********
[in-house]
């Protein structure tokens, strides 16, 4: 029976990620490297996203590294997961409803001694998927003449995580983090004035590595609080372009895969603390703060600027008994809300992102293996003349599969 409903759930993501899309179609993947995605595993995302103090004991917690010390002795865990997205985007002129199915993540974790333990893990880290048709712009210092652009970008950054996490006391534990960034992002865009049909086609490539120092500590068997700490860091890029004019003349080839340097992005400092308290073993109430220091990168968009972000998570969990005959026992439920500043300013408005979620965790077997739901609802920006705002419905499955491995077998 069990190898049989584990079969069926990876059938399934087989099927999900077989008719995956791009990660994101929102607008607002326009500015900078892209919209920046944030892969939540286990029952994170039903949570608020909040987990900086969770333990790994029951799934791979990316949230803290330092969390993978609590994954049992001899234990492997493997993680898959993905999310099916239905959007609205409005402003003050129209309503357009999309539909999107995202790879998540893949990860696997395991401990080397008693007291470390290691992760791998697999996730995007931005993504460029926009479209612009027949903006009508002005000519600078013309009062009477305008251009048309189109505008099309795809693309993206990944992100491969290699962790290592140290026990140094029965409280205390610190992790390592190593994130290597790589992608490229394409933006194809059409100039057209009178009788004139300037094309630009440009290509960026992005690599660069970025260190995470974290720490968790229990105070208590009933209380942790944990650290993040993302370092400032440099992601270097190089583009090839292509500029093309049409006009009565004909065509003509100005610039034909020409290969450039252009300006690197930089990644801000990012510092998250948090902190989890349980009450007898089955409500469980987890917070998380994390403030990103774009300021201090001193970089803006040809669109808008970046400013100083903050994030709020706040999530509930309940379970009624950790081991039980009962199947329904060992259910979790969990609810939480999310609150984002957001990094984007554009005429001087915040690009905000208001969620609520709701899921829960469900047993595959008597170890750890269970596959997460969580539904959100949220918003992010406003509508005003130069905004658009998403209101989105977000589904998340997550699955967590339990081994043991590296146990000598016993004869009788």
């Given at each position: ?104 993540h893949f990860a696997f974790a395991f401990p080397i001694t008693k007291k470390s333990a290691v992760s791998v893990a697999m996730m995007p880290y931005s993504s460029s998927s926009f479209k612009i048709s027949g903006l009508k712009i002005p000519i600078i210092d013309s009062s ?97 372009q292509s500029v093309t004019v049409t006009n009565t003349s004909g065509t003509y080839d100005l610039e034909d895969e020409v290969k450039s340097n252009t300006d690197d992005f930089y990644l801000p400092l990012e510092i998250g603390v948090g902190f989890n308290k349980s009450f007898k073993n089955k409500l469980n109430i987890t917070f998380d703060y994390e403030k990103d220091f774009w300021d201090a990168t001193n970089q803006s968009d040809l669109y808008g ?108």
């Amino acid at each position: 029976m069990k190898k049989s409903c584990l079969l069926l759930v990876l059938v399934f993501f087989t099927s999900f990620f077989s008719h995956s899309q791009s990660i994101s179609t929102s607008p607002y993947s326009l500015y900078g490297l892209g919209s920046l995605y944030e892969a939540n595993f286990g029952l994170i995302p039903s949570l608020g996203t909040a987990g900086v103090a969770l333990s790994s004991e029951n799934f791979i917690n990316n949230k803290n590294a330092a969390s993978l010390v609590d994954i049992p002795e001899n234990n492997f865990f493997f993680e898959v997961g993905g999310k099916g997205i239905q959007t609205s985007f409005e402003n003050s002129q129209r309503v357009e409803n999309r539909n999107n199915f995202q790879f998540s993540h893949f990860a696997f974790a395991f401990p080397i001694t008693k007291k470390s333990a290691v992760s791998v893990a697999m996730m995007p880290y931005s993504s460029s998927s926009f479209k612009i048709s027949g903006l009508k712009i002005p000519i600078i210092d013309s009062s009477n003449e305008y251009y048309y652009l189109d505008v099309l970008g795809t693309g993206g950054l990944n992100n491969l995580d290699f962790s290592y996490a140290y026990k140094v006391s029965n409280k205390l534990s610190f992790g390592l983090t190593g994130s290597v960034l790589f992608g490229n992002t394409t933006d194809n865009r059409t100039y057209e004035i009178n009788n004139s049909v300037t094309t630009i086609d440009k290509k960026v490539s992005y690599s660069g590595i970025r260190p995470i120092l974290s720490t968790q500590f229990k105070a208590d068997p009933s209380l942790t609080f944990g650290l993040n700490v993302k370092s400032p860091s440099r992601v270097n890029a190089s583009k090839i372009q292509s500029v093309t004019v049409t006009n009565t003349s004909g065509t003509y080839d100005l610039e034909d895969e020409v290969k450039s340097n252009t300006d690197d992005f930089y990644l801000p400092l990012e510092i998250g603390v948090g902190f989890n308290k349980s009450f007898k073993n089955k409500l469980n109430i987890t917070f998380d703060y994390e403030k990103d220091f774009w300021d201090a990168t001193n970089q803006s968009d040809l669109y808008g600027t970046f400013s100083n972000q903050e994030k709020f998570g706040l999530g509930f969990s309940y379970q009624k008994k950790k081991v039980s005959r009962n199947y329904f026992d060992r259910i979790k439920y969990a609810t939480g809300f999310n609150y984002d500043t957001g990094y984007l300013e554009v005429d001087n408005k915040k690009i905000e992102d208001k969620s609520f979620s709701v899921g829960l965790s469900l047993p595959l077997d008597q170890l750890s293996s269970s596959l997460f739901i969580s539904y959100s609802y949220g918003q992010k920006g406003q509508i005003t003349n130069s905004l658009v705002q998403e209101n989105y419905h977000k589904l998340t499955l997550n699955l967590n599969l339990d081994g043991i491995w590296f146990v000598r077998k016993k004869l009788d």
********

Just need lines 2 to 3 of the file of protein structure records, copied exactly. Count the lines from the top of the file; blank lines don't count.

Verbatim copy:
């Protein structure tokens, strides 16, 4: 029976990620490297996203590294997961409803001694998927003449995580983090004035590595609080372009895969603390703060600027008994809300992102293996003349599969 409903759930993501899309179609993947995605595993995302103090004991917690010390002795865990997205985007002129199915993540974790333990893990880290048709712009210092652009970008950054996490006391534990960034992002865009049909086609490539120092500590068997700490860091890029004019003349080839340097992005400092308290073993109430220091990168968009972000998570969990005959026992439920500043300013408005979620965790077997739901609802920006705002419905499955491995077998 069990190898049989584990079969069926990876059938399934087989099927999900077989008719995956791009990660994101929102607008607002326009500015900078892209919209920046944030892969939540286990029952994170039903949570608020909040987990900086969770333990790994029951799934791979990316949230803290330092969390993978609590994954049992001899234990492997493997993680898959993905999310099916239905959007609205409005402003003050129209309503357009999309539909999107995202790879998540893949990860696997395991401990080397008693007291470390290691992760791998697999996730995007931005993504460029926009479209612009027949903006009508002005000519600078013309009062009477305008251009048309189109505008099309795809693309993206990944992100491969290699962790290592140290026990140094029965409280205390610190992790390592190593994130290597790589992608490229394409933006194809059409100039057209009178009788004139300037094309630009440009290509960026992005690599660069970025260190995470974290720490968790229990105070208590009933209380942790944990650290993040993302370092400032440099992601270097190089583009090839292509500029093309049409006009009565004909065509003509100005610039034909020409290969450039252009300006690197930089990644801000990012510092998250948090902190989890349980009450007898089955409500469980987890917070998380994390403030990103774009300021201090001193970089803006040809669109808008970046400013100083903050994030709020706040999530509930309940379970009624950790081991039980009962199947329904060992259910979790969990609810939480999310609150984002957001990094984007554009005429001087915040690009905000208001969620609520709701899921829960469900047993595959008597170890750890269970596959997460969580539904959100949220918003992010406003509508005003130069905004658009998403209101989105977000589904998340997550699955967590339990081994043991590296146990000598016993004869009788």
């Given at each position: ?104 993540h893949f990860a696997f974790a395991f401990p080397i001694t008693k007291k470390s333990a290691v992760s791998v893990a697999m996730m995007p880290y931005s993504s460029s998927s926009f479209k612009i048709s027949g903006l009508k712009i002005p000519i600078i210092d013309s009062s ?97 372009q292509s500029v093309t004019v049409t006009n009565t003349s004909g065509t003509y080839d100005l610039e034909d895969e020409v290969k450039s340097n252009t300006d690197d992005f930089y990644l801000p400092l990012e510092i998250g603390v948090g902190f989890n308290k349980s009450f007898k073993n089955k409500l469980n109430i987890t917070f998380d703060y994390e403030k990103d220091f774009w300021d201090a990168t001193n970089q803006s968009d040809l669109y808008g ?108």